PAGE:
iPod Shuffle and Randomness

Saturday 7 October 2006 at 1:20 pm | In Articles | 1 Comment

In an article Oh no, not Steely Dan again published in todays’ Guardian colour magazine, Steven Levy explains, in layman’s terms, why the iPod’s shuffle produces seemingly non-random results (so Steely Dan appears to be played more than other artists on his iPod) yet Apple’s engineers reassure him that the code does produce randomness.

The article has a lovely quote:

    “Our brains aren’t wired to understand randomness – there’s even a huge industry that takes advantage of people’s inability to deal with random distributions. It’s called gambling.”

The way Apple dealt with this apparent non-randomness is fascinating.

The article quotes Brian Hansen’s experiments which you will find at How Much Does iTunes Like My Five-Star Songs?.

Back in the 1970s the Open University’s first level course M100 discussed the problem of defining randomness. It was usually defined in terms of probability which was itself defined in terms of randomness but it didn’t discuss Claude Shannon’s important contribution mentioned in the article. You can read more about randomness at Wikipedia.

This article (an edited extract from a forthcoming book about the iPod The Perfect Thing) should be required reading for everyone.

No it doesn’t need a maths degree!

Wednesday 4 October 2006 at 1:58 pm | In Articles | 1 Comment

This sort of thing rather winds me up. In an article titled “Energy switch needs a maths degree” the Guardian consumer column tries to make out that energy bills are impossible to check. It then, in a very objectionable manner, tells you how to do so. All it involves is simple arithmetic, which I would hope any GCSE student would be capable of. Why does the Guardian have to keep promoting the idea that arithmetic that uses a calculator is far too difficult for anyone without a maths degree? Perhaps they need maths teaching because they get the calculation wrong!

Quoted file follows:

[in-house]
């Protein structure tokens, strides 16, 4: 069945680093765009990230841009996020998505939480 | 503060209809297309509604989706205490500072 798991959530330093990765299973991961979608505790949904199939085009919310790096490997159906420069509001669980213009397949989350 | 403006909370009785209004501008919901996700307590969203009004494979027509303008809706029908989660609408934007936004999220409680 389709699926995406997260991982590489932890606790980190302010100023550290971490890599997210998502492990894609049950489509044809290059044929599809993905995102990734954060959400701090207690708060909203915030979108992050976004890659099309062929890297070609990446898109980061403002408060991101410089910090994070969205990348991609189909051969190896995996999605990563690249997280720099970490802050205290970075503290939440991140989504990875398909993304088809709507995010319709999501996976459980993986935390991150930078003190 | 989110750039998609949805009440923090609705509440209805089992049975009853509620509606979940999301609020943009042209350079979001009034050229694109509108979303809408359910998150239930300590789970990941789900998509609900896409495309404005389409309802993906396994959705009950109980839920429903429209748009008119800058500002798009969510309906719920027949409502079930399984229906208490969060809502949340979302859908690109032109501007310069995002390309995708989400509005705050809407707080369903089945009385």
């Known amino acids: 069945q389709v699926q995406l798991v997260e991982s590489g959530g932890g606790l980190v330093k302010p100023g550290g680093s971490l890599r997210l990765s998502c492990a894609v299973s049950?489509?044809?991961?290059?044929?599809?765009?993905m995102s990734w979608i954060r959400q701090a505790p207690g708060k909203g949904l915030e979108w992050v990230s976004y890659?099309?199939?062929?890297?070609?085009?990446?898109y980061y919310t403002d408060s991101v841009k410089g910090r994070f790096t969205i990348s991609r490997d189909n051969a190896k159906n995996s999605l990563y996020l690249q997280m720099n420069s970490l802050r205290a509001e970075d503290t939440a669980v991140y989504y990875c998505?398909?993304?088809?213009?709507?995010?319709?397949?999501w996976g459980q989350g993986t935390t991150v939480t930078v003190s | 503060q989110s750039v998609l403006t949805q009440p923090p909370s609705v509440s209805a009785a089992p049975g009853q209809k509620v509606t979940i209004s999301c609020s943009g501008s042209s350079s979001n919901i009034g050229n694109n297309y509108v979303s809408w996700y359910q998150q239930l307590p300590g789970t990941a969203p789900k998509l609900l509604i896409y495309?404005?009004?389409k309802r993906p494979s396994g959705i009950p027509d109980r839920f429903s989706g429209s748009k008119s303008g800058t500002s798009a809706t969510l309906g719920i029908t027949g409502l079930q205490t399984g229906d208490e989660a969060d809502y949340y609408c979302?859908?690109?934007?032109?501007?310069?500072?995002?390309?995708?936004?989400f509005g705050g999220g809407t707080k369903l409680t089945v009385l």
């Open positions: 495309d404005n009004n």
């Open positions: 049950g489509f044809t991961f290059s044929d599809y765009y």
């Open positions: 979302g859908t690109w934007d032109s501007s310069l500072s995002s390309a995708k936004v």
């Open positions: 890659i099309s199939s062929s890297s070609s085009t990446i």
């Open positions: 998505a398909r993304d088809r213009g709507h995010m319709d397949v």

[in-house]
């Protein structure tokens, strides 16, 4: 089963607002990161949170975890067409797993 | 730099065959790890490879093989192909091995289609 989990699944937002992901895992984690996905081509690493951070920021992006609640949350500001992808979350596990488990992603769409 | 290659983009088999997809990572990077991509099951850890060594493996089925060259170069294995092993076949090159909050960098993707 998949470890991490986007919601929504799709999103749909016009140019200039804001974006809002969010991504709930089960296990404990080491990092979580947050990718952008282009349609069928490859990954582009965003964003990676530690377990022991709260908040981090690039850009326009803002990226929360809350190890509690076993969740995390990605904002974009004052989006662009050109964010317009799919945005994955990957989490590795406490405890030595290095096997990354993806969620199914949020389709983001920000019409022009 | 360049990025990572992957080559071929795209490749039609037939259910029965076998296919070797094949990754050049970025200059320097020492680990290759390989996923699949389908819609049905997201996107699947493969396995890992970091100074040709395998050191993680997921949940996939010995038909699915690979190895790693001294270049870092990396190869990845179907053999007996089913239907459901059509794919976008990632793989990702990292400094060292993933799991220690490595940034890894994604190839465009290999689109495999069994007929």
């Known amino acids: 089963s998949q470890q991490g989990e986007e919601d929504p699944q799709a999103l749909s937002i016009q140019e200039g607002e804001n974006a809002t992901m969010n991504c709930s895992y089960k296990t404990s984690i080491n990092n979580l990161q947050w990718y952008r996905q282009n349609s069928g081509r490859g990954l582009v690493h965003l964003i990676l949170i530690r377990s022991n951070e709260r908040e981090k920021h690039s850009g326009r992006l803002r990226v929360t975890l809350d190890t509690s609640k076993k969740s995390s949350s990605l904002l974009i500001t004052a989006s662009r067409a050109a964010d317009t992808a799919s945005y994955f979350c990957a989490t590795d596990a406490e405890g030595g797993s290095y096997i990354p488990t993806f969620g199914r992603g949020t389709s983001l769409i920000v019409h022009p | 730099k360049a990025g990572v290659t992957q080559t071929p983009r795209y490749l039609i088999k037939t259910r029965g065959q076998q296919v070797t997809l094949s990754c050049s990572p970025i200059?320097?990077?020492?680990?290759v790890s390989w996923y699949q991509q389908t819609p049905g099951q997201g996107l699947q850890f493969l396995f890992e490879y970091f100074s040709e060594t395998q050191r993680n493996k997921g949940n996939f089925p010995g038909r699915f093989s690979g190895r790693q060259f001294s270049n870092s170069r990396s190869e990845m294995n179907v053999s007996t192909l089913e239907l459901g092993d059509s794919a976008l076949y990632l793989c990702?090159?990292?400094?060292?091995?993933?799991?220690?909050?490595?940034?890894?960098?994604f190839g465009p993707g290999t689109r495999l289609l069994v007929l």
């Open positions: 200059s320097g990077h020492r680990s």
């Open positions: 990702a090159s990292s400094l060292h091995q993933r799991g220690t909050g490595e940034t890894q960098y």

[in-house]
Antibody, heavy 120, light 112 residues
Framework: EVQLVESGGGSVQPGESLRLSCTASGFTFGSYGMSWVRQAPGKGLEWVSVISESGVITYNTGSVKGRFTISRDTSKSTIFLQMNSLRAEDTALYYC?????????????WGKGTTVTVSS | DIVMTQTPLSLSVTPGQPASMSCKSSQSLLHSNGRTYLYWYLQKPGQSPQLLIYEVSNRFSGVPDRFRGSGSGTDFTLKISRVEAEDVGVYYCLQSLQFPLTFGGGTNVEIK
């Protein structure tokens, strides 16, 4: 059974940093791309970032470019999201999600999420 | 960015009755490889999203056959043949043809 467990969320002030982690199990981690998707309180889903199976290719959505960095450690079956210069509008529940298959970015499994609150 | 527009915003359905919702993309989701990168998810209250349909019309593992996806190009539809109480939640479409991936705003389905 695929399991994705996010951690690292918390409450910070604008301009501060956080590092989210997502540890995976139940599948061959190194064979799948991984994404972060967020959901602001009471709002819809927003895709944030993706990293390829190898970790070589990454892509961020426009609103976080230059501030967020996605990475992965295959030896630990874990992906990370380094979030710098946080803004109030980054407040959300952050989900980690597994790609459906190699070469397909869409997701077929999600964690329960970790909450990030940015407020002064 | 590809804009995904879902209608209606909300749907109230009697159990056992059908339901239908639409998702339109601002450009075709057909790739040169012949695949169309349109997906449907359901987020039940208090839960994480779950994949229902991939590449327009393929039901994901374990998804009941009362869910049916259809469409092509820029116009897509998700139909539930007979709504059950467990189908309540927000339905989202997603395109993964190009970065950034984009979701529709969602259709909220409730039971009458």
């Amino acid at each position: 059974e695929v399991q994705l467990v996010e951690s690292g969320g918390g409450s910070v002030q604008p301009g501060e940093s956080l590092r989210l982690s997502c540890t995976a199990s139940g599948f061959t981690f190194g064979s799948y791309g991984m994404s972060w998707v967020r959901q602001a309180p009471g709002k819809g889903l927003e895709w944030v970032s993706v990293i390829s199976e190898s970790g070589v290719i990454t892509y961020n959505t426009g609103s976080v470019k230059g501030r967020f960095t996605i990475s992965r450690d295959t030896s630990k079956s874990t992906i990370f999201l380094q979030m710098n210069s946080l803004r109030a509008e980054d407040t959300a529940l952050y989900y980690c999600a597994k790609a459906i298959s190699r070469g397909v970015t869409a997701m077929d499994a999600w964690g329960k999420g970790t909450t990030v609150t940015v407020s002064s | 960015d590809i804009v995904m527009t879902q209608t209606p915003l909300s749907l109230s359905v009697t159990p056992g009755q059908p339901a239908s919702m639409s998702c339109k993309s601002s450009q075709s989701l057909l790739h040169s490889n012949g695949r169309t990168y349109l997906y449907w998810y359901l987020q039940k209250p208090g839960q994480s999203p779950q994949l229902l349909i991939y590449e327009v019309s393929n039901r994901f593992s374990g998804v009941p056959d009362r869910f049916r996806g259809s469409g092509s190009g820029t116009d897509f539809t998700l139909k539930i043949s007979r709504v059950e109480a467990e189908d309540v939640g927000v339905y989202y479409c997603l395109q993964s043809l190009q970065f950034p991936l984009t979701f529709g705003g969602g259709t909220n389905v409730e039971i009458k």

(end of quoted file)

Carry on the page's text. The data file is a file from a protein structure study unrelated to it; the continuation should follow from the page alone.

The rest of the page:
Here is an edited version of the article:

    …you need a degree in mathematics to be able to compare the different providers accurately…
    Those who have not yet lost consciousness and are eager to make their own calculations read on (this is not for the faint-hearted). Subtract the previous meter reading from the present figure. If you have an imperial meter (normally four digits) then multiply the figure by 2.83 to convert to metric. Multiply the result by 1.02264 to work out the temperature and pressure volume correction (don’t ask!). The bill will show a calorific value figure so multiply your figure by this number and if your maths is any good you should be left with 39 or 40. Divide by 3.6 to calculate how many units have been used, then multiply the units by the tariff price.

    Add standing charge if applicable and 5% VAT, stir well and bake at gas mark 6. Alternatively, pour a gin and do something more interesting with your life.

What is it about our culture that so denigrates mathematics?

Here is the email I wrote to the Guardian’s consumer column. We’ll see if they take any notice.

Princeton Maths Competition